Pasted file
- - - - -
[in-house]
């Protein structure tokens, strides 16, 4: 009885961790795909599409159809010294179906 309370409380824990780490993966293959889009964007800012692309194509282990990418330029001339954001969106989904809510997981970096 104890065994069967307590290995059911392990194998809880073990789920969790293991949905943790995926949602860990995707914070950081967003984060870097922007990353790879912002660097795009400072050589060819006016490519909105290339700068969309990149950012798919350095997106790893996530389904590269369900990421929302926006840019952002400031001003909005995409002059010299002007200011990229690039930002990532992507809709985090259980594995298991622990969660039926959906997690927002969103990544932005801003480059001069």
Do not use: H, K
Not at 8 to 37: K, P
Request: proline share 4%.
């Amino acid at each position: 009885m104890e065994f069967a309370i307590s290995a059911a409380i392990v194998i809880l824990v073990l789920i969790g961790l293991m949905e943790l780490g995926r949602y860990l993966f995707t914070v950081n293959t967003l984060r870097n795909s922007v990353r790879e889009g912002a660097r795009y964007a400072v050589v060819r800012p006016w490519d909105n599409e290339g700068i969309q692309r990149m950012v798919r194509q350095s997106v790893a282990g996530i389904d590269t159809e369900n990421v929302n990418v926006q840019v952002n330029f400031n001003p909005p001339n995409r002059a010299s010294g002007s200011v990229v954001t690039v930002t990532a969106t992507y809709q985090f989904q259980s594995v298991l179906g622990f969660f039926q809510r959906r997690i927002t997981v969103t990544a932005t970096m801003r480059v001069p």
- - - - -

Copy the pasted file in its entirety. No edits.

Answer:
[in-house]
């Protein structure tokens, strides 16, 4: 009885961790795909599409159809010294179906 309370409380824990780490993966293959889009964007800012692309194509282990990418330029001339954001969106989904809510997981970096 104890065994069967307590290995059911392990194998809880073990789920969790293991949905943790995926949602860990995707914070950081967003984060870097922007990353790879912002660097795009400072050589060819006016490519909105290339700068969309990149950012798919350095997106790893996530389904590269369900990421929302926006840019952002400031001003909005995409002059010299002007200011990229690039930002990532992507809709985090259980594995298991622990969660039926959906997690927002969103990544932005801003480059001069």
Do not use: H, K
Not at 8 to 37: K, P
Request: proline share 4%.
């Amino acid at each position: 009885m104890e065994f069967a309370i307590s290995a059911a409380i392990v194998i809880l824990v073990l789920i969790g961790l293991m949905e943790l780490g995926r949602y860990l993966f995707t914070v950081n293959t967003l984060r870097n795909s922007v990353r790879e889009g912002a660097r795009y964007a400072v050589v060819r800012p006016w490519d909105n599409e290339g700068i969309q692309r990149m950012v798919r194509q350095s997106v790893a282990g996530i389904d590269t159809e369900n990421v929302n990418v926006q840019v952002n330029f400031n001003p909005p001339n995409r002059a010299s010294g002007s200011v990229v954001t690039v930002t990532a969106t992507y809709q985090f989904q259980s594995v298991l179906g622990f969660f039926q809510r959906r997690i927002t997981v969103t990544a932005t970096m801003r480059v001069p």